SEEDIG 2016 – internet governance in South Eastern Europe

  • News
  • 29/06/2016
  • Auke Pals (Youth representative)

Auke Pals, 19, is a part-time high school student, a member of the Dutch Digital Youth Council, and a youth representative of European Digital Youth. Here, he reflects on his attendance at SEEDIG – the South Eastern Europe Dialogue on Internet Governance – and his ability to contribute to internet governance issues as a young European citizen.

Belgrade, Serbia was the location the second edition of SEEDIG (South Eastern Europe Dialogue on Internet Governance) in April 2016. SEEDIG is a sub-event of EuroDIG (the pan-European dialogue on internet governance), focussed specifically on the South Eastern European countries, initiated to promote a better understanding of internet governance across that region. Participants represented every stakeholder group recognised in the world of internet governance: governments, intergovernmental organisations, civil society, academia, the private sector and the technical community. Within civil society, the youth stakeholder group is growing, developing and trying to be more active. However, the difficulty with youth attendance is that they are typically dependant on sponsorships or travel support, so it's a good thing to see that more youngsters with some knowledge about the culture and topics are taking part in the discussions.
 
The South East part of Europe has developed differently compared to the Western part, possibly down to the border changes and the different ways the region is governed. This part of history got my attention immediately right in the first session which addressed the question: ‘Who governs the internet in SEE?'. The thing that struck me was the fact that a large proportion of the audience agreed on the government having control over the internet and this came across many times during the course of the session. This conflicted with my opinion; having the population within a democracy and the users of several services in indirect control. If the population doesn't agree to certain measures, they'll vote by means of a referendum or against the way of ruling and policy making at the next elections. And users can shift from one web service to another because of the high levels of competition in the global market. For me, the internet is governed through collaboration by the stakeholders: the multistakeholder model in which all stakeholders try working together to achieve the best outcome for all parties.
 
I was happy to see that freedom of, and access to, information was addressed in the sessions ‘Bridging digital divide(s) with a #SEEchange in digital literacy' and the last session titled ‘Come and solve the human rights puzzle with us'. These two issues have a lot in common... isn't it a human right to have access to information and express yourselves online in the same way as offline? We therefore need to ensure that we can connect people through the internet in even better ways than we can connect them offline, for example avoiding travel, health and other possible issues. Regrettably, this is not yet possible due to technical and/or political influences.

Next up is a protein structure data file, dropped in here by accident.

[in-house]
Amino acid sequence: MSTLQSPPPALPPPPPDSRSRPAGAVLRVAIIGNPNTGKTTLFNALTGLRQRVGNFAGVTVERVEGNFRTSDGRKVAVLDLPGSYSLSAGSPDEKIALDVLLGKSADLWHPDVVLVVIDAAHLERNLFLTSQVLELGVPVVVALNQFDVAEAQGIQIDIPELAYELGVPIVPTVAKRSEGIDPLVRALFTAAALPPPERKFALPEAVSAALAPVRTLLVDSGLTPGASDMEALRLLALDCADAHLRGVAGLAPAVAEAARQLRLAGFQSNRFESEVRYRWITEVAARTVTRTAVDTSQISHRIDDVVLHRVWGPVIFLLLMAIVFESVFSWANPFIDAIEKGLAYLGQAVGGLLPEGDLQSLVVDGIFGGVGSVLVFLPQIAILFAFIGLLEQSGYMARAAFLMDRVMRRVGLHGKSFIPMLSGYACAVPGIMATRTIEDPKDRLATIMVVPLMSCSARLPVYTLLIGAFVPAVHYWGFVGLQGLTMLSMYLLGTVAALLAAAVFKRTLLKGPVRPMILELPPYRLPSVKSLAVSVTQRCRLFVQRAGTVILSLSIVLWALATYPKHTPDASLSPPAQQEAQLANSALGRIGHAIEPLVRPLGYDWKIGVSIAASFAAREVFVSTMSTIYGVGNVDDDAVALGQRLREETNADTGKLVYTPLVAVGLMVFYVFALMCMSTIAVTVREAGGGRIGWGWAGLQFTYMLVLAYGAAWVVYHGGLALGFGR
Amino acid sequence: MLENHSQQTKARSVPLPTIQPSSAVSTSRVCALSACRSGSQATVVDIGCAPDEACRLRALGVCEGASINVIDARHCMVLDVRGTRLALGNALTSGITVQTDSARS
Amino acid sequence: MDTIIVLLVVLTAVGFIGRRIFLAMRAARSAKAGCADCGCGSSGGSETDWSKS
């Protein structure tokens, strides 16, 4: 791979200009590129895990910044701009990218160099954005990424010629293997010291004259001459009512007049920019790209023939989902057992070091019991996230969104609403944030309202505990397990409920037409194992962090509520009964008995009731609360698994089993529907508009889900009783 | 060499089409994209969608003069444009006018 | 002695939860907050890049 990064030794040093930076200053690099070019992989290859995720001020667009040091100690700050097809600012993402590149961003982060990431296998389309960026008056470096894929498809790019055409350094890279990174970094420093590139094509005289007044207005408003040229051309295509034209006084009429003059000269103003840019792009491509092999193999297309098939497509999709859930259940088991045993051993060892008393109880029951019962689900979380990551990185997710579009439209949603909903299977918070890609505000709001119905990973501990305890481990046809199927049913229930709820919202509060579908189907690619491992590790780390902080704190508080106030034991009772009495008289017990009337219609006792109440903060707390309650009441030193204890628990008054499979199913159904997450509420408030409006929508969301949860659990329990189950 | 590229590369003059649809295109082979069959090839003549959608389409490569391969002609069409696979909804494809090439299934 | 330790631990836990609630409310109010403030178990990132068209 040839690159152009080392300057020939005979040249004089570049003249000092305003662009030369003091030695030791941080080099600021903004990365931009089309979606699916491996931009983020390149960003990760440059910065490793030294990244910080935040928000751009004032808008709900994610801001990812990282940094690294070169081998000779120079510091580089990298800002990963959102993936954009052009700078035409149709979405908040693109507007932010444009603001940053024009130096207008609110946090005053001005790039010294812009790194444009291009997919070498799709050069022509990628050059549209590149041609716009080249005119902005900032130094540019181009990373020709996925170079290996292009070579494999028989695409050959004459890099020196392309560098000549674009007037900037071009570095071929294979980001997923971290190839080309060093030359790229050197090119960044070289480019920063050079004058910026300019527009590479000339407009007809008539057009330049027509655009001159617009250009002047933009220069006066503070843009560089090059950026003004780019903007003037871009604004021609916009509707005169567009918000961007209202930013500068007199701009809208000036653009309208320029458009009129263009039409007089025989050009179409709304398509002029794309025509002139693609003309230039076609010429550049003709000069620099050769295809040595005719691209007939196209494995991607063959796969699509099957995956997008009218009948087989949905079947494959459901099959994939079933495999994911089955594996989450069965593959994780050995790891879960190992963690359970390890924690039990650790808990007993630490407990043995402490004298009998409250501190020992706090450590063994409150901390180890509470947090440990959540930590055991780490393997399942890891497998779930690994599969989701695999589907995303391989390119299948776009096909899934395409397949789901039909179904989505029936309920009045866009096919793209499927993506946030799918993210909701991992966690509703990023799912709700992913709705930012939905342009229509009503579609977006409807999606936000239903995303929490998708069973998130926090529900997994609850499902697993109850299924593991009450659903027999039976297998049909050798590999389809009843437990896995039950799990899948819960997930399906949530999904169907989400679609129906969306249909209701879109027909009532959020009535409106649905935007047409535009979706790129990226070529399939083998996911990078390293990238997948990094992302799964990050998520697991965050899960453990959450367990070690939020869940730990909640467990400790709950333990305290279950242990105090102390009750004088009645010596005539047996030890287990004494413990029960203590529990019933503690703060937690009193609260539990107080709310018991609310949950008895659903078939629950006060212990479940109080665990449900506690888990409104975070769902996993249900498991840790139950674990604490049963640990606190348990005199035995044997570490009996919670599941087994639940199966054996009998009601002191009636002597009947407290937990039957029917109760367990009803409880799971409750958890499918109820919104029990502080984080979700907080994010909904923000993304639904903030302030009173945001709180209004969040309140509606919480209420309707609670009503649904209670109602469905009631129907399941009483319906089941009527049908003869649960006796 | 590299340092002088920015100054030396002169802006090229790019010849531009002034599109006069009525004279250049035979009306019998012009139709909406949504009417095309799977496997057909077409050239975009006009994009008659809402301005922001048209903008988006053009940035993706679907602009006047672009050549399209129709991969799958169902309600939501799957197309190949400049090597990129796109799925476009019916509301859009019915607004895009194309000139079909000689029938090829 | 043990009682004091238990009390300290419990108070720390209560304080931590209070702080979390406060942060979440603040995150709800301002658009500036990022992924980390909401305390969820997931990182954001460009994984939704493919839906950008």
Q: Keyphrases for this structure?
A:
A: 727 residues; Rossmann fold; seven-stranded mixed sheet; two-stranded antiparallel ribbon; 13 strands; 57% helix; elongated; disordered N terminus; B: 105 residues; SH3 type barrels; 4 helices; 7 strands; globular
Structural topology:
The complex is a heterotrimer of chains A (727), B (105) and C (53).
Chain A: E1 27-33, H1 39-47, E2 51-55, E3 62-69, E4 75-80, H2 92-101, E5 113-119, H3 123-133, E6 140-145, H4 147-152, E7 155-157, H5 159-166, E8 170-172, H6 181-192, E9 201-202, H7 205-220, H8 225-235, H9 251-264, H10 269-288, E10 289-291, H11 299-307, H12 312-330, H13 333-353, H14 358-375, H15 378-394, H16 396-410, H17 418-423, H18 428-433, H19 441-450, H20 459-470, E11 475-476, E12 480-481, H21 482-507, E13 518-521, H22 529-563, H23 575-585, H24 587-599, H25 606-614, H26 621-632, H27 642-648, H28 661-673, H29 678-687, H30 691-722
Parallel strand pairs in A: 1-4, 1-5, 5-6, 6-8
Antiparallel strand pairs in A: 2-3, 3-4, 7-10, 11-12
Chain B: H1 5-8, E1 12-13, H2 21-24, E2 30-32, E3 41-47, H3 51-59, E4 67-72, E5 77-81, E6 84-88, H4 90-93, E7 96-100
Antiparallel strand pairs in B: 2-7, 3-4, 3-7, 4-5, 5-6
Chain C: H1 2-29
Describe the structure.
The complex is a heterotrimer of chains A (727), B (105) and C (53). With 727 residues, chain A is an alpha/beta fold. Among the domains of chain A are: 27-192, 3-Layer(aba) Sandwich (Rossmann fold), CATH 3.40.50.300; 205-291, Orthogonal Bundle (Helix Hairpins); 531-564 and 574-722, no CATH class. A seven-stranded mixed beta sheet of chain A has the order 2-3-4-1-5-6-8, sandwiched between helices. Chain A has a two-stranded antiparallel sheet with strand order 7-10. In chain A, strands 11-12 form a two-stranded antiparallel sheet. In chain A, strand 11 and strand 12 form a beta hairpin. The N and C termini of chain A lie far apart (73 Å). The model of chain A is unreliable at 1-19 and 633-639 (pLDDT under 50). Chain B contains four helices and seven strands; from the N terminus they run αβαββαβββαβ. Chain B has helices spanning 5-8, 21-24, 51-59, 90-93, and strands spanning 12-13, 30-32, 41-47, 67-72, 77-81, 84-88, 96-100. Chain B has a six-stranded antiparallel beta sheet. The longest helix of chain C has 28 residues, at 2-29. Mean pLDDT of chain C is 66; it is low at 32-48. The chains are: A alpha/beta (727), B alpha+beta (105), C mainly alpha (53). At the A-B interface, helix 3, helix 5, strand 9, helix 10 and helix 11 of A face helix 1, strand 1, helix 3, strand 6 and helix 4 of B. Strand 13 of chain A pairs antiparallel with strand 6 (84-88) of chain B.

The internet governance community is really open for youngsters: participants take you seriously, and the whole internet governance community is very approachable positioning you as an equal. The important thing to remember is not to be shy and just speak up if you feel the urge to!
 
SEEDIG 2016 was a great success and I think it should be kept as a regional internet governance forum. And I hope that more youngsters will be involved in the future, both in the SEE region and the internet governance agenda more generally.
 
The views and opinions expressed in this article are those of the author and do not necessarily reflect the views of the Better Internet for Kids Portal, European Schoolnet, the European Commission or any related organisations or parties.
 
About the author of this article:
Auke Pals, 19, is a part-time high school student, a member of the Dutch Digital Youth Council, and a youth representative of European Digital Youth.
 
Auke has always had a keen interest in computers, the internet, and new and upcoming trends. Since his childhood he has been eager to learn, always striving to learn new things: computers and the internet gave him the opportunity to fulfil his needs. He has always admired the opportunities the internet has to offer: connecting people, connecting businesses, and making communication smart and quick.
 
At the age of 12, Auke started helping those less computer literate than himself with small problems. This is something he has continued doing, ranging from helping the elderly and younger people, to smaller local companies, and now bigger companies exploring new functions for services. At the moment he is advising one of the biggest companies in The Netherlands, designing systems to increase the overall productivity of processes.

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Why media and information literacy matters?

  • News
  • 29/06/2016
  • María José Velasquez Flores (Youth representative)

In this article, María José Velasquez Flores gives her views on why media and information literacy matters for young people, and why they should be encouraged to contribute to internet governance debates on such issues.